The Cubs officially parted ways with Ian Stewart on Tuesday, granting the third baseman his unconditional release. Stewart was playing for Triple-A Iowa, and issued a 10-game suspension for violating the loyalty clause in his contract when he made disaparaging comments about the Cubs and manager Dale Sveum on Twitter. His suspension, which ended last Saturday, was upheld.
“The release is probably best for all parties involved,” said Larry Reynolds, Stewart’s representative. “After a lengthy rehab, Ian was starting to get back to playing the way we all had hoped. We will move on and I expect that Ian, with hard work, will find himself back in the big leagues at some point in the near future.”
Stewart had not played since June 11 at Oklahoma City. He was batting .168 (19-for-113) with five home runs and 20 RBIs in 40 games before serving his suspension.
Stewart, who later posted an apology on his Twitter account, has hit .232 with 59 homers and 204 RBIs over parts of six seasons in the Majors. He was signed to a one-year, $2 million deal with Chicago.
— Carrie Muskat
Starlin Castro’s streak of consecutive games played is over. Castro is not in the Cubs lineup for Tuesday’s game against the Brewers, ending a streak of 269 consecutive games played, longest in the National League. Castro was batting .228 overall, and went 2-for-13 over the weekend.
“He’s struggling, there’s no doubt about it, and struggling with the fastball is the biggest thing right now,” Dale Sveum said after Sunday’s game. “Hopefully, he can kick back and get away from it [on Monday] and start over in Milwaukee.”
Here’s the lineup:
E. Jackson P
* The Cubs announced they have signed four more Draft picks on Monday. Left-handed pitcher Sam Wilson, an eighth-round pick who played at Lamar Community College, signed as did catcher Jordan Hankins of Austin Peay, an 11th round pick, and 13th round selection Trevor Graham, a right-handed pitcher who played at Franklin Pierce University. Also signing was 15th-round pick Michael Wagner, a right-handed pitcher who was No. 1 pick Kris Bryant’s teammate at San Diego.
* Right-handed pitcher P.J. Francescon has been promoted from Class A Daytona to Double-A Tennessee, and Smokies outfielder Jae-Hoon Ha has been promoted to Triple-A Iowa. Francescon, 24, was 5-4 record with a 4.76 ERA with Daytona. In 14 appearances (13 starts), he gave up 40 runs (37 earned) on 75 hits, walked 21 and struck out 62. He was a 40th round pick in the 2011 Draft.
Ha, 22, hit .284 with five doubles, a home run and 14 RBIs in 28 games for the Smokies. Following a 42-day (May 7-June 18) stint on the disabled list, Ha appeared in the Smokies first three games of the second half and batted 2-for-13 with a run scored and a RBI.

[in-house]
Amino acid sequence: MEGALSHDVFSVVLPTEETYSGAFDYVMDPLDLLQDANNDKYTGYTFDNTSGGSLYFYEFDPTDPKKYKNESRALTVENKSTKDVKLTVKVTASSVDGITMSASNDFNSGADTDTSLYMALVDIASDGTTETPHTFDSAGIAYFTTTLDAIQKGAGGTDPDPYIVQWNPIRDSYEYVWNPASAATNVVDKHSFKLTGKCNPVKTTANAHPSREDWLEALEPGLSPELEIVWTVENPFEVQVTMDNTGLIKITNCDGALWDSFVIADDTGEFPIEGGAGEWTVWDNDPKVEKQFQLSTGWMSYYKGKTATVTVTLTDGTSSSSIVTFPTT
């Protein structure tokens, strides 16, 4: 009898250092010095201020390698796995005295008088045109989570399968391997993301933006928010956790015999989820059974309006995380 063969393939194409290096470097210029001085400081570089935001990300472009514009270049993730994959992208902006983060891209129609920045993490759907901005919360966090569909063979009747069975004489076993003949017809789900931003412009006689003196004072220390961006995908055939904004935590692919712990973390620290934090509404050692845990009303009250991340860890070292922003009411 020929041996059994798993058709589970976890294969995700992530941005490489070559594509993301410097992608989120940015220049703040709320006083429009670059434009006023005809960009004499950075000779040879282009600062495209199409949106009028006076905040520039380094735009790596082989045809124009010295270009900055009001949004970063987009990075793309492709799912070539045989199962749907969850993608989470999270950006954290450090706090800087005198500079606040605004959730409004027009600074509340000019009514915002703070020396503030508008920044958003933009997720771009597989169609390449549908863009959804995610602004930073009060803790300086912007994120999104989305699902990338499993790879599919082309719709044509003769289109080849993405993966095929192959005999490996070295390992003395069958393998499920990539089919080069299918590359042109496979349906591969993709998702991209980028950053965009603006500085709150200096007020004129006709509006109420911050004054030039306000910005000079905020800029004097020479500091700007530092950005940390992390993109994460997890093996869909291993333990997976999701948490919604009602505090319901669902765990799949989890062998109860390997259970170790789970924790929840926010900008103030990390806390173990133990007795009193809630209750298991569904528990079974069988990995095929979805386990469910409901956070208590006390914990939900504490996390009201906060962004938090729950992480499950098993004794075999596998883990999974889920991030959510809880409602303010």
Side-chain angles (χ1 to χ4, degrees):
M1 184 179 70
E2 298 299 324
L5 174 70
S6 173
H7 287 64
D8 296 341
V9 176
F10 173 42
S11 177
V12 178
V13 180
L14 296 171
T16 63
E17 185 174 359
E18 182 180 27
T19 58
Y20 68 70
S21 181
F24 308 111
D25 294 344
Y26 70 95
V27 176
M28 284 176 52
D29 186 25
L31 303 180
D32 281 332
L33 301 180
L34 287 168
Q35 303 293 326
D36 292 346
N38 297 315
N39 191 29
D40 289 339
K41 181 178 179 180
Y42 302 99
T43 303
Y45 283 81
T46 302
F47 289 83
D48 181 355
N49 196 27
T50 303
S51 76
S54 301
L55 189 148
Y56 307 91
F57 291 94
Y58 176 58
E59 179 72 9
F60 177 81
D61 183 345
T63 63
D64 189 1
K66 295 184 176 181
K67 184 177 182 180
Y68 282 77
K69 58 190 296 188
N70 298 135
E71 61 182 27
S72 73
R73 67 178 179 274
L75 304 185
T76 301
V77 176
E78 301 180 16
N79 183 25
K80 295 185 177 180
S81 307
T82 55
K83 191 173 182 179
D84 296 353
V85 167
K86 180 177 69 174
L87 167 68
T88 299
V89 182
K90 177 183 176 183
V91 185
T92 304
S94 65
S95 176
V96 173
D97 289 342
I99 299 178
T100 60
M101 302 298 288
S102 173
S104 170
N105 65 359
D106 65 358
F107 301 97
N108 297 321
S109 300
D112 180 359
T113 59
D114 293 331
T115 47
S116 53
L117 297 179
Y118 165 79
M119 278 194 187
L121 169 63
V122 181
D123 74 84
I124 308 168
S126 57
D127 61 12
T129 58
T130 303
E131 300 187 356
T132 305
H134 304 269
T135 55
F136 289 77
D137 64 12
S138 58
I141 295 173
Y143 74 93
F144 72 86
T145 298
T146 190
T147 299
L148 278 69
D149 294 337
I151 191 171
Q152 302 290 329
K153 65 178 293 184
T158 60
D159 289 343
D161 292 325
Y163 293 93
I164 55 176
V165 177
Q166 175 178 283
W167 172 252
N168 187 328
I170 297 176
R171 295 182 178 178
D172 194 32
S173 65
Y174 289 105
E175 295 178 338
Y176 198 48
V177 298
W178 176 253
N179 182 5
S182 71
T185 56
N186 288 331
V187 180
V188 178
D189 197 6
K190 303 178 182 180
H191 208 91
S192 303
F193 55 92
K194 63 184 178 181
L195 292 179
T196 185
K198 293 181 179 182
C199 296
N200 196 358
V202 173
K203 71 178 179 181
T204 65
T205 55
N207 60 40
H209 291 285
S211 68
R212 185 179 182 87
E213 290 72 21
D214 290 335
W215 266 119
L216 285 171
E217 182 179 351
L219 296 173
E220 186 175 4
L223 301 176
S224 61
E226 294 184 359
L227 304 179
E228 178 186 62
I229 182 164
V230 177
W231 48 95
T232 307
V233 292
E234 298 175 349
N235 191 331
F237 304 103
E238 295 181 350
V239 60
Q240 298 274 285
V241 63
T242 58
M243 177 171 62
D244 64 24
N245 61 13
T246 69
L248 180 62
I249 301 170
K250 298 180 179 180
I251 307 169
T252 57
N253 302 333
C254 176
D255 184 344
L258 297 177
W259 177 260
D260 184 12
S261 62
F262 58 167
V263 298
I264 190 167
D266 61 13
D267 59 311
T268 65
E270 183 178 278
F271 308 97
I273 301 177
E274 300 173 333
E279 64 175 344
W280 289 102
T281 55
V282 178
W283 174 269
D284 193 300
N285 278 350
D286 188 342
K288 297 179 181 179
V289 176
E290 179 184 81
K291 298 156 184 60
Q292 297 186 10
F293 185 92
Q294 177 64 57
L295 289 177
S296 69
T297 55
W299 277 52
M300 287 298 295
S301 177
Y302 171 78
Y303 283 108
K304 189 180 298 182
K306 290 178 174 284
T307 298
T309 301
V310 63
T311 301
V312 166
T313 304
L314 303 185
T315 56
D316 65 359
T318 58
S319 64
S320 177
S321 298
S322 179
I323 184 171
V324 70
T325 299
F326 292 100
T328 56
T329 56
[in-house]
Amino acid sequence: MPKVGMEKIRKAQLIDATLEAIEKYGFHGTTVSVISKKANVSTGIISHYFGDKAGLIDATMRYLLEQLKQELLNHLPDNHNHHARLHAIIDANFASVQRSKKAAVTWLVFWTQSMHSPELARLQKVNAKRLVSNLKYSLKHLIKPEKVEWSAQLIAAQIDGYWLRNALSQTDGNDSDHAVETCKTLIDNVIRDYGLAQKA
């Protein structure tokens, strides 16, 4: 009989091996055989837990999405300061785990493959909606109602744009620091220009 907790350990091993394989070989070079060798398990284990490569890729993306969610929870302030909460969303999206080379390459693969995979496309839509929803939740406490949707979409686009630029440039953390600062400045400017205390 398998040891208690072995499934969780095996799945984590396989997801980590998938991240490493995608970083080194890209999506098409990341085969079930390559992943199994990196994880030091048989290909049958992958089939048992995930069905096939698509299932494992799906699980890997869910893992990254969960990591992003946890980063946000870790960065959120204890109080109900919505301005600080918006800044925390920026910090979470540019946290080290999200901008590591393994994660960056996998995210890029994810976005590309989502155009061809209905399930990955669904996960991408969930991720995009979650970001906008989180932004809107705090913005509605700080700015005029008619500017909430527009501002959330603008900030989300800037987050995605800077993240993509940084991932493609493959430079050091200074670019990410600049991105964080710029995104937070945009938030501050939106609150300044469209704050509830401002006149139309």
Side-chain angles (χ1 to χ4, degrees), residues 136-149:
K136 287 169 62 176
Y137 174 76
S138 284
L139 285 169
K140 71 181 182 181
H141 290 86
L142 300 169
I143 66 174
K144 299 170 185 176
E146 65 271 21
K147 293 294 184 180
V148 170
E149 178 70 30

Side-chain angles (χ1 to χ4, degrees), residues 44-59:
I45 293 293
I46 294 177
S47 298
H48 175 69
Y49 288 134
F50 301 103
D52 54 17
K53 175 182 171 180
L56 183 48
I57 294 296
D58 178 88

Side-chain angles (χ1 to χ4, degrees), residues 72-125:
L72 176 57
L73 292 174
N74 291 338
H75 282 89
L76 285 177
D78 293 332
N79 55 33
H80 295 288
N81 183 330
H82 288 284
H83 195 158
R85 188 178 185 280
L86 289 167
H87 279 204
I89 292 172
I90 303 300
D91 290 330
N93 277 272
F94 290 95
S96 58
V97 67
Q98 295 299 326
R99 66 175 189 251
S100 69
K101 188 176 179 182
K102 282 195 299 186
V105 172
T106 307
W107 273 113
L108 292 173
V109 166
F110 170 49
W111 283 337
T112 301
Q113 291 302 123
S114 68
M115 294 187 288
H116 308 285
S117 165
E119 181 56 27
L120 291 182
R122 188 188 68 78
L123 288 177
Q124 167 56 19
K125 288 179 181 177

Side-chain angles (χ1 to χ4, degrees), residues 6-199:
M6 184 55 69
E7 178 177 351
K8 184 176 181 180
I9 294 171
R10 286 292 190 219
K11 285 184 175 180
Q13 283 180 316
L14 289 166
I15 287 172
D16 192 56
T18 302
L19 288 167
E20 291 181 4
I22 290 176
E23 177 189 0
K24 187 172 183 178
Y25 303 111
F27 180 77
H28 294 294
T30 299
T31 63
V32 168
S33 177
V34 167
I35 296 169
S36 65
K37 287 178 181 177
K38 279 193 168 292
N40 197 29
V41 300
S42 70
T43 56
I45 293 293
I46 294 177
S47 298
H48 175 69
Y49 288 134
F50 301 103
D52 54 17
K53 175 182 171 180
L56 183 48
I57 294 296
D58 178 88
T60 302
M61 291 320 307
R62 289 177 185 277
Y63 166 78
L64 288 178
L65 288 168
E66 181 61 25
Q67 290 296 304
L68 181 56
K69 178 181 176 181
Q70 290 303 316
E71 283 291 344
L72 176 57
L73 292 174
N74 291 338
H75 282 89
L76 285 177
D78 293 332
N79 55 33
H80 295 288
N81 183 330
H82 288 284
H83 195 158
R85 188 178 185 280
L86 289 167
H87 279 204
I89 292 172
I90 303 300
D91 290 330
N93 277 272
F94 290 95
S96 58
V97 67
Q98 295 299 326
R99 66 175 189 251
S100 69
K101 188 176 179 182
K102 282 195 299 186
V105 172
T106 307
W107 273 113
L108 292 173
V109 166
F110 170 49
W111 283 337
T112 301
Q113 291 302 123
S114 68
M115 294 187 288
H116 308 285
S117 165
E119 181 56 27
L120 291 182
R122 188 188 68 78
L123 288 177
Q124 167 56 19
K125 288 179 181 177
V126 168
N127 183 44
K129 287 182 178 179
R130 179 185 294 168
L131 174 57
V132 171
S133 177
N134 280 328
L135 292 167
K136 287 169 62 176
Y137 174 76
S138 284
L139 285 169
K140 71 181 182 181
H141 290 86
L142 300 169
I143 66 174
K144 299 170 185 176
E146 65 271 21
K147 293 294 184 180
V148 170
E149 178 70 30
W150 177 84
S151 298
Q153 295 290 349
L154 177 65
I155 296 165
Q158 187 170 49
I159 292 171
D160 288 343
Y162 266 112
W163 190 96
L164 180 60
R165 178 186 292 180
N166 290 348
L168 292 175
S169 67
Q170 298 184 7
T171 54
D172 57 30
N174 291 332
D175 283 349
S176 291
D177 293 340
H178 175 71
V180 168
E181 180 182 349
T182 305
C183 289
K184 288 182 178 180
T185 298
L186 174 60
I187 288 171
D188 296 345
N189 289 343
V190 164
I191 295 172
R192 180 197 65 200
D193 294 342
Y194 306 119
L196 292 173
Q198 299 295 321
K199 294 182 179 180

* Maybe the Cubs should consider a move to the American League? They’re 8-3 this season in Interleague play.
* Anthony Rizzo has hit safely in four of his last five games (7-for-16, .438), and scored a career-high four runs on Sunday. He also had his first multi-RBI game since June 5, driving in four runs.
* The Cubs have hit 52 home runs at Wrigley Field, most home homers in the National League. On Sunday, they set season-highs in runs scored (14) and hits (16).
Nick Struck gave up five earned runs over five innings in Iowa’s 6-0 loss to Memphis. Barret Loux gave up two hits and struck out four over two innings of relief work.
Tennessee lost its third straight, dropping a 5-2 decision to Chattanooga. Eric Jokisch gave up three runs over six innings and struck out five.
Kyler Burke gave up one run on three hits over six innings in a 6-1 victory over Lakeland. Ben Carhart had three hits, and Zeke DeVoss, Javier Baez and Dustin Geiger each had two hits.
Carlos Escobar hit his first home run in Kane County’s 6-1 loss to Quad Cities.
Duane Underwood gave up six earned runs over 4 2/3 innings in Boise’s 8-6 loss to Spokane. The Hawks did collect 14 hits in the game, including three by Kevin Encarnacion and three by Jacob Rogers.
Mesa had Sunday off, and will play the Angels on Monday.
There’s been a lot of talk about Starlin Castro’s hitting mechanics. On Sunday, the Cubs shortstop was on the field working on his defense. Castro committed his 12th error on Saturday, the most in the Major Leagues. He, infield coach David Bell, bench coach Jamie Quirk and coach Mike Borzello joined Castro and second baseman Darwin Barney on the field before batting practice.
“There’s a lot of things in his defense that need to get better,” Dale Sveum said. “Today was working on his backhand, and trying to get more stable and have a base when you throw the ball and not be so off balance and understand the different things you have to have in your tool box with your backhand. … It was some things we have to get cleaned up.”
This hasn’t been a good year offensive for Castro, a two-time All-Star, who was batting .231. He began the year with a .297 career average in three seasons. Sveum didn’t see the 23-year-old infielder fretting too much.
“These are things everybody goes through and part of the adversity everybody goes through,” Sveum said. “Some guys have peaks and valleys. You’re going to go through this at some point in your career.”
This is the longest skid in Castro’s young career.
“People can go 25, 30, 35 years without any adversity in their life,” Sveum said. “You see what kind of man you are when you have to deal with adversity. Everybody has to go through it in life. Nobody said life was easy.”
— Carrie Muskat
* Chris Rusin gave up six runs over six innings in Iowa’s 6-2 loss to Memphis. Brian Bogusevic had two hits and stole a base. Brad Nelson also had two hits, including a double.
* Matt Szczur went 4-for-5 with three RBIs in Tennessee’s 11-8 loss to Chattanooga. Ty Wright was 2-for-3 and Jonathan Mota went 2-for-5.
* Javier Baez hit his 16th home run, a solo shot in the first, and Zach Cates gave up one run over 6 2/3 innings in Daytona’s 2-1 win over Dunedin. Baez had two hits, and two RBIs. His 52 RBIs are tied for fifth in the Florida State League. Dustin Geiger had two hits and a stole a base.
Baez connected off Kyle Drabek, who was making his first start since elbow surgery. Baez also hit a RBI single in the third.
“It doesn’t matter who is on the mound — he has to throw strikes,” Baez told the Daytona Beach News-Journal.
Baez now is tied for first in the Florida State League with 16 home runs. He’s the active leader, as the other two players were promoted to Double-A.
Jorge Soler still sidelined with a sore left shin.
* Albert Almora and Rock Shoulders both homered in Kane County’s 6-5, 11-inning loss to Quad Cities. Shoulders had two hits and scored two runs.
* Justin Marra hit his first home run in Boise’s 3-2 loss to Spokane in the first game of a doubleheader. In the second game, Shawon Dunston Jr. hit his first home run in a 4-3 loss.
* Alexander Santana gave up three runs over 4 2/3 innings in Mesa’s 7-5, 10-inning loss to the Diamondbacks. The Rookie League team committed three errors.